Graphite Electrode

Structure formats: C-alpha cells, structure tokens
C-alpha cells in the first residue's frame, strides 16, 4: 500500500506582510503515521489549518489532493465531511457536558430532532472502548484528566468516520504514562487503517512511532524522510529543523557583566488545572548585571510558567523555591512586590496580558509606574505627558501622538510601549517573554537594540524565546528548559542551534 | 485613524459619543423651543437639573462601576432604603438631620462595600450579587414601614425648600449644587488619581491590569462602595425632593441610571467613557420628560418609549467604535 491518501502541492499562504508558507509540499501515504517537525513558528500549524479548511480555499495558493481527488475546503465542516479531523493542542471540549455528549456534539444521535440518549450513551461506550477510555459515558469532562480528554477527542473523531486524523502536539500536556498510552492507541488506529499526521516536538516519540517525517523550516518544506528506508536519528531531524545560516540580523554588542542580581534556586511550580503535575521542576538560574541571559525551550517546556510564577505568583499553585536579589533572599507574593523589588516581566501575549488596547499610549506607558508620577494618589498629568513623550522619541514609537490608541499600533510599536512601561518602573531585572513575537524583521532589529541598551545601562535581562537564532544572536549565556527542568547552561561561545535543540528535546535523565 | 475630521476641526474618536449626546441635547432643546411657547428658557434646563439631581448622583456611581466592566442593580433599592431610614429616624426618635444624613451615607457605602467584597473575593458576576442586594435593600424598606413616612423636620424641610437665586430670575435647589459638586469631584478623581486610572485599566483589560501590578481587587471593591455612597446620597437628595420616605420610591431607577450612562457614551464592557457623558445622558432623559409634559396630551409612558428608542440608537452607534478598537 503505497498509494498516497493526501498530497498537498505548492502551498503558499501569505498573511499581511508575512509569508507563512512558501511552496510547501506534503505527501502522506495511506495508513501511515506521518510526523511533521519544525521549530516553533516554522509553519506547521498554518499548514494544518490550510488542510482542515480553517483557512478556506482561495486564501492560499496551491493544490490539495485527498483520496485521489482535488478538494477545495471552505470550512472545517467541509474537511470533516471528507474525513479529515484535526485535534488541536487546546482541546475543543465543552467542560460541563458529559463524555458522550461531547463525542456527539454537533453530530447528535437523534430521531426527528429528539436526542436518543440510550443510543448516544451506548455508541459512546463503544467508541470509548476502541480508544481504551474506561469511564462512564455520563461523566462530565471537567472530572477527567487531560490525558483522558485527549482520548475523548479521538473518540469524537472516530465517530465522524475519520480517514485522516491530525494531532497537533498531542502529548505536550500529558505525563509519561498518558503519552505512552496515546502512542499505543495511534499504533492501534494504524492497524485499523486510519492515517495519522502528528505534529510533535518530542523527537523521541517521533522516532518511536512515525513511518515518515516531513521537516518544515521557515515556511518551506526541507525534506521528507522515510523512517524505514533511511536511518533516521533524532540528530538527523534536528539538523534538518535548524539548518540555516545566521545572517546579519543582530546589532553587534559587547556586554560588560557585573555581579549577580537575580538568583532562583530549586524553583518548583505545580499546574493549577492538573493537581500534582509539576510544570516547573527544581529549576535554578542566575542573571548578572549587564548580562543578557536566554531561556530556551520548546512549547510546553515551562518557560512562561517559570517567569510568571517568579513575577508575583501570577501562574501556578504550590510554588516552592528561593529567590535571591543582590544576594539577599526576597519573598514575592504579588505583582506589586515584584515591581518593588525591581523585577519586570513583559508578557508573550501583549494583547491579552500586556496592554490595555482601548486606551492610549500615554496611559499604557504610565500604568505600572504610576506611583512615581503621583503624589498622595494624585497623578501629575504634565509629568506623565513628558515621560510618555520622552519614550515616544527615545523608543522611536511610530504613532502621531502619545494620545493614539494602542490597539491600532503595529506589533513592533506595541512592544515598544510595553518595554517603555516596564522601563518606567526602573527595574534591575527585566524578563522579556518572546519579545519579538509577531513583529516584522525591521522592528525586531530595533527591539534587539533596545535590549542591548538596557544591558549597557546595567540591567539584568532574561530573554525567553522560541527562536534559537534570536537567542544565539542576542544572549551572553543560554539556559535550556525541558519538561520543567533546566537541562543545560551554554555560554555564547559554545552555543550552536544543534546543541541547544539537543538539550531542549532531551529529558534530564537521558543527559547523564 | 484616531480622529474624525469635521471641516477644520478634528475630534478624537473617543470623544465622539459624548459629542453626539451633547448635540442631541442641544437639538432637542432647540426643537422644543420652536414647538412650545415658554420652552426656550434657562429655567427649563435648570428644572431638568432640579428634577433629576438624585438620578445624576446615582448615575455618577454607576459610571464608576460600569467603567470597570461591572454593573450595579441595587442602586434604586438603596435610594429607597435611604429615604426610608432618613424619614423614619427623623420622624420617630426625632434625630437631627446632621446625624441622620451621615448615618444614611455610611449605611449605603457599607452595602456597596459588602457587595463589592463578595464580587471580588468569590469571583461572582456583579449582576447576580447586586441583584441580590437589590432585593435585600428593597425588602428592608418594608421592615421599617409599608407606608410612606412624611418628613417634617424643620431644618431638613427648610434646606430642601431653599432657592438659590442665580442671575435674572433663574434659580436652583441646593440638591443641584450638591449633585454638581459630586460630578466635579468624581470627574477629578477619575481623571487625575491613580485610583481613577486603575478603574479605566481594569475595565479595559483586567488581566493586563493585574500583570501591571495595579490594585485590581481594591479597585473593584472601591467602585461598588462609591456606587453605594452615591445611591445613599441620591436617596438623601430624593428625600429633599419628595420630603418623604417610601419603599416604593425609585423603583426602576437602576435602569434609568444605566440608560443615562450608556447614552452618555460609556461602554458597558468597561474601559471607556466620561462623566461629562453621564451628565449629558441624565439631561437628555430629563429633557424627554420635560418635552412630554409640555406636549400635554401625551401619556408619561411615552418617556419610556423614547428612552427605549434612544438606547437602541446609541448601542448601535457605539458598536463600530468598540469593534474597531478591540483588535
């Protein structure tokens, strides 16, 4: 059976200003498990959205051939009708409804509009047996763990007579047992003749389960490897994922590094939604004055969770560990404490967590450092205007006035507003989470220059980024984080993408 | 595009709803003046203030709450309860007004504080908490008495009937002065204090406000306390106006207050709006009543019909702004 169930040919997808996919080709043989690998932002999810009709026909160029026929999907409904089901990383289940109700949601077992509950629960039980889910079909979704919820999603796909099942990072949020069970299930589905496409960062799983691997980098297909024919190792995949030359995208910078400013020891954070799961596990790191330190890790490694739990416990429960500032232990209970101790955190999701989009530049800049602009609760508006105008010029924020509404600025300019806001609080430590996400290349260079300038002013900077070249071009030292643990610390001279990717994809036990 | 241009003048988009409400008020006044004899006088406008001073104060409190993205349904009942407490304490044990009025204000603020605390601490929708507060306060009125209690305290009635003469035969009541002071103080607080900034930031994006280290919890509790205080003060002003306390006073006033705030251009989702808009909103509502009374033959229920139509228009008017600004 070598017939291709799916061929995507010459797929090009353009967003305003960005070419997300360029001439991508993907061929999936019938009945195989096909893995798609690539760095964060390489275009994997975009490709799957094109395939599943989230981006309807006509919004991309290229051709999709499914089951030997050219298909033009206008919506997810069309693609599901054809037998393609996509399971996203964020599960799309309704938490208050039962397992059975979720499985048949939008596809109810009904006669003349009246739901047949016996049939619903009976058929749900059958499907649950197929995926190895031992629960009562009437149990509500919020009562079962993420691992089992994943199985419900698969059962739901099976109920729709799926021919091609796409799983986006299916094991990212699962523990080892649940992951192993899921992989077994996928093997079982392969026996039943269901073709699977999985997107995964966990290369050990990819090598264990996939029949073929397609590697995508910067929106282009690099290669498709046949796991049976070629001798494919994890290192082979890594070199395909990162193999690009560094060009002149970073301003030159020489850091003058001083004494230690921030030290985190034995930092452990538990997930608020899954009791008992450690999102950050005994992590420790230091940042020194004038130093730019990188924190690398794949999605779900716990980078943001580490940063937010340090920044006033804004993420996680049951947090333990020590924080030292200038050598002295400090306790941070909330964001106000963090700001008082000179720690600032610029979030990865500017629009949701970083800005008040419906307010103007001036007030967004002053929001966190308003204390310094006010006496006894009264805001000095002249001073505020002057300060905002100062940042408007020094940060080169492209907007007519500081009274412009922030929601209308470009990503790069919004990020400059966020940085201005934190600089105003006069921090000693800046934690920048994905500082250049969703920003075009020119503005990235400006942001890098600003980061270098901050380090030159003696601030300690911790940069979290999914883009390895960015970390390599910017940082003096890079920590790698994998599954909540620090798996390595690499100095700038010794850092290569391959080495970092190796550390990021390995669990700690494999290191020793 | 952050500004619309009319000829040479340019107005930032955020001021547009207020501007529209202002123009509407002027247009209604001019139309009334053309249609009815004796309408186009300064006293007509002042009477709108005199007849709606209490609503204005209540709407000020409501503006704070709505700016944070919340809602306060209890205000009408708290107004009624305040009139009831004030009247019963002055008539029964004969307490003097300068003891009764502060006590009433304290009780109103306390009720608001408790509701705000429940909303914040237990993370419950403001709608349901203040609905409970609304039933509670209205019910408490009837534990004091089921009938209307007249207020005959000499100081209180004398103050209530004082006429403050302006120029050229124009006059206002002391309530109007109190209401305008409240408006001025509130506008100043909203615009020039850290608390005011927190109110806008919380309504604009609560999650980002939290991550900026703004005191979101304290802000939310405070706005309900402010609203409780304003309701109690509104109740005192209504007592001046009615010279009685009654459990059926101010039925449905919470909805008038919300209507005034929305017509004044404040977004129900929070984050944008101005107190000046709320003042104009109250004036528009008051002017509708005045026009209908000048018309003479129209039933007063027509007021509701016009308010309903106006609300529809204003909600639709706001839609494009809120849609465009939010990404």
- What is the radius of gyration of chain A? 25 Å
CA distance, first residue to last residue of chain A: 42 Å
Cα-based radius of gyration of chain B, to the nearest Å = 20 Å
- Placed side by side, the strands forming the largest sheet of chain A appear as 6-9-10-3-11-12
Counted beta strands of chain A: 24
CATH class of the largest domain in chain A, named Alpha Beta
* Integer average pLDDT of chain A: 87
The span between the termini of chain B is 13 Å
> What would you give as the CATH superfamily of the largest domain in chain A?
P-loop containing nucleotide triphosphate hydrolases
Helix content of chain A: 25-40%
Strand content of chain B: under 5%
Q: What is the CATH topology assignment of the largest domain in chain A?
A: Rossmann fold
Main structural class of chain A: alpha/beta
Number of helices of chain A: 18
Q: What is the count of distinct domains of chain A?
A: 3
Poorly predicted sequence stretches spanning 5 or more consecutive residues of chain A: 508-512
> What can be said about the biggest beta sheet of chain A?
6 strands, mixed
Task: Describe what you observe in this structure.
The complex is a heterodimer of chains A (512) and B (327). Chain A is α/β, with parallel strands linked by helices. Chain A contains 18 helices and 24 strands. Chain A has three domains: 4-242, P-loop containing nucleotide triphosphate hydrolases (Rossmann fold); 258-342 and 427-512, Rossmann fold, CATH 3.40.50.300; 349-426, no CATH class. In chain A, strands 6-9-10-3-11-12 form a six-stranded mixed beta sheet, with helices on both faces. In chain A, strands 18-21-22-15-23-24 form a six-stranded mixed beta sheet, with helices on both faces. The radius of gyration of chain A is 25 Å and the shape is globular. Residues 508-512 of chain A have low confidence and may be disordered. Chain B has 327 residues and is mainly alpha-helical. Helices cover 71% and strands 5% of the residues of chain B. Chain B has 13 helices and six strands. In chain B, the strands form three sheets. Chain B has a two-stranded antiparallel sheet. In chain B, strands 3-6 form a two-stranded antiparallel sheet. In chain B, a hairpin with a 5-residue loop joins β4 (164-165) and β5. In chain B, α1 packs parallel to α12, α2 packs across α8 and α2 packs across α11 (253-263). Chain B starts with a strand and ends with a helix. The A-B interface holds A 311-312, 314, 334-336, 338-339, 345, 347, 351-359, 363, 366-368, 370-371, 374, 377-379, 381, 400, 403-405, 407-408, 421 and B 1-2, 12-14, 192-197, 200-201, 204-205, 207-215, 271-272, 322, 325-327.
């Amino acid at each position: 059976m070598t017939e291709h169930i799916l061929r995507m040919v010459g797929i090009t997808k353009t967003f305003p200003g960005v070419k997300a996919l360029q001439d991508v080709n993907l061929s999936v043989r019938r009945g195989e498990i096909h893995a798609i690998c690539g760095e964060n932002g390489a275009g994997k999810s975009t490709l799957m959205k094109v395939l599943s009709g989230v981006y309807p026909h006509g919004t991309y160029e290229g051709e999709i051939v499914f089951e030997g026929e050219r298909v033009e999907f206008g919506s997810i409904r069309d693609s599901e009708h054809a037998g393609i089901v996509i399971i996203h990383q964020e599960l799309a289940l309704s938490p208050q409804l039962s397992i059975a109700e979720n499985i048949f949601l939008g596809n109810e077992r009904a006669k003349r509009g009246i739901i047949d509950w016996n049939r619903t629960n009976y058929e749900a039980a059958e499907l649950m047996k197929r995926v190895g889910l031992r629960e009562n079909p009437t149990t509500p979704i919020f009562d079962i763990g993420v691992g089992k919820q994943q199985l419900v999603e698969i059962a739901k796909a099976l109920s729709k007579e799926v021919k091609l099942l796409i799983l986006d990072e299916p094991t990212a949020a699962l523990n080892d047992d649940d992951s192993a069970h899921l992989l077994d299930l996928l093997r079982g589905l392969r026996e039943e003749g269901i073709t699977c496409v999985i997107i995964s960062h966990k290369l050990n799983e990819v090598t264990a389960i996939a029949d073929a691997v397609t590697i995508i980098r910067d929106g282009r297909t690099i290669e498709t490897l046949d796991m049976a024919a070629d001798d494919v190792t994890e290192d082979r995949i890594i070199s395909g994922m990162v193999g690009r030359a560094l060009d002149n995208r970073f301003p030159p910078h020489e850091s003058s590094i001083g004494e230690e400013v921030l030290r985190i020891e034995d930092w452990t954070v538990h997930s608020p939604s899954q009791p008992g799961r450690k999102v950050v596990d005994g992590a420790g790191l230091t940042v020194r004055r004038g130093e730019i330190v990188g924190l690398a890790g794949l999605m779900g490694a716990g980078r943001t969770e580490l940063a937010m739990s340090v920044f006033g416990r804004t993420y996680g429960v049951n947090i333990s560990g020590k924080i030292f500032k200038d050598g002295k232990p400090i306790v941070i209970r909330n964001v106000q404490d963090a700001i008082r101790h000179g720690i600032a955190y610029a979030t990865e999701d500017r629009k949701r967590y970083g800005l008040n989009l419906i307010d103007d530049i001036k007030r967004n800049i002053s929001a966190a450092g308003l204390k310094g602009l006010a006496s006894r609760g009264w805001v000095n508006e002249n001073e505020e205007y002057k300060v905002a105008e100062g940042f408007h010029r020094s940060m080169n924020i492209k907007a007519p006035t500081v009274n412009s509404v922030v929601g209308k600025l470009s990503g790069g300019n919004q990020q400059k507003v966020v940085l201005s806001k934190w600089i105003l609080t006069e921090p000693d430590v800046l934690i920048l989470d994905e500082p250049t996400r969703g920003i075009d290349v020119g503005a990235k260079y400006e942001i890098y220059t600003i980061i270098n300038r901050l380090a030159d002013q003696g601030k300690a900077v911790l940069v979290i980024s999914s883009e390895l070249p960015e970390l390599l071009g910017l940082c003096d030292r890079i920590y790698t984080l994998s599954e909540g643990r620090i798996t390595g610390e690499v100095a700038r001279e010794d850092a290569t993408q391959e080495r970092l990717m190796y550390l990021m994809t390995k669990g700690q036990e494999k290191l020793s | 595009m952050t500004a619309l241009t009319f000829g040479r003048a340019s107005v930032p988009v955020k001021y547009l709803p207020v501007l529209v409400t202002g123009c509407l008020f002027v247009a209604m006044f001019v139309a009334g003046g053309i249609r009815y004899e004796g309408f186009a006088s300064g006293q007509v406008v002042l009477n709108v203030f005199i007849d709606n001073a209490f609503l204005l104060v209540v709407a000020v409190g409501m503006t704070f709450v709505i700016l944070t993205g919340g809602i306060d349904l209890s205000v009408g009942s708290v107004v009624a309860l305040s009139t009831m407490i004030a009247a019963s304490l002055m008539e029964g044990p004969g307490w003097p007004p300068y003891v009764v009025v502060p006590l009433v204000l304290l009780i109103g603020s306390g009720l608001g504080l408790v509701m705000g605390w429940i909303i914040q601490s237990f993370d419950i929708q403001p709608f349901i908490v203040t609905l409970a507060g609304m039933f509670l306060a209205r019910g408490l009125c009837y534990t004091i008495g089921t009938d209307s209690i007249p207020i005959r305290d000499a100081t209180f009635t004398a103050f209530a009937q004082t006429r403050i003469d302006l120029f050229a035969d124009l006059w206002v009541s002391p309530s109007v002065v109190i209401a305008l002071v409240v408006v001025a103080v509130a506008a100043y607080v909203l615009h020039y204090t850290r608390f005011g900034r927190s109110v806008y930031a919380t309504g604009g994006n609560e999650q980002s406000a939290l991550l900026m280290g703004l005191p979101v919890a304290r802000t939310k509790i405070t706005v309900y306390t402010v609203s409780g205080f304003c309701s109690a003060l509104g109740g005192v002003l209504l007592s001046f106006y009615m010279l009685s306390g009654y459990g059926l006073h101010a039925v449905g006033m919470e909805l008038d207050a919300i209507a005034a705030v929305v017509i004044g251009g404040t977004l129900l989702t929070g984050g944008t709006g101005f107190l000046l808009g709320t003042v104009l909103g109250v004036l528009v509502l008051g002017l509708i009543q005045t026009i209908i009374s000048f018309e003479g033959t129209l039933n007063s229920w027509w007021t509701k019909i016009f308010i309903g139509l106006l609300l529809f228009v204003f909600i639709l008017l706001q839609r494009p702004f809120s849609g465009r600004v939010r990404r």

Graphite electrodes are easier to process and process faster than copper electrodes. For example, the processing of graphite by milling process is 2 to 3 times faster than other metal processing and does not require additional manual processing, while the copper electrode requires manual grinding. Similarly, if a high-speed graphite machining center is used to make the electrode, the speed will be faster, the efficiency will be higher, and no dust problem will occur. In these processes, choosing the right hardness tool and graphite can reduce the tool wear loss and electrode breakage. If the milling time of the graphite electrode and the copper electrode graphite electrode is specifically compared, the graphite is 67% faster than the copper electrode. In the general case of electrical discharge machining, the processing using the graphite electrode is 58% faster than the copper electrode. As a result, the processing time is greatly reduced, and the manufacturing cost is also reduced. Graphite electrodes are different from conventional copper electrodes. Many mold shops usually have different reserves for roughing and finishing of copper electrodes, while graphite electrodes use almost the same amount of reservation, which reduces the number of CAD/CAM and machining times. For this reason alone, Sufficient to improve the accuracy of the mold cavity to a large extent. Today, most plastic molds use graphite for electrode discharge machining, which eliminates the need for mold cavity polishing and chemical polishing to achieve the desired surface finish. It is impossible to produce such a workpiece by a copper electrode without increasing the time and the polishing process. In addition, graphite is divided into different grades, and the appropriate grade of graphite and spark discharge parameters can be used to achieve the desired processing effect under specific application procedures. If the operator uses the same parameters as the copper electrode on a spark machine using graphite electrodes, Then the result is definitely disappointing. If the material of the electrode is to be strictly controlled, the graphite electrode can be placed in a non-loss state during roughing (less than 1% loss), but the copper electrode is not used.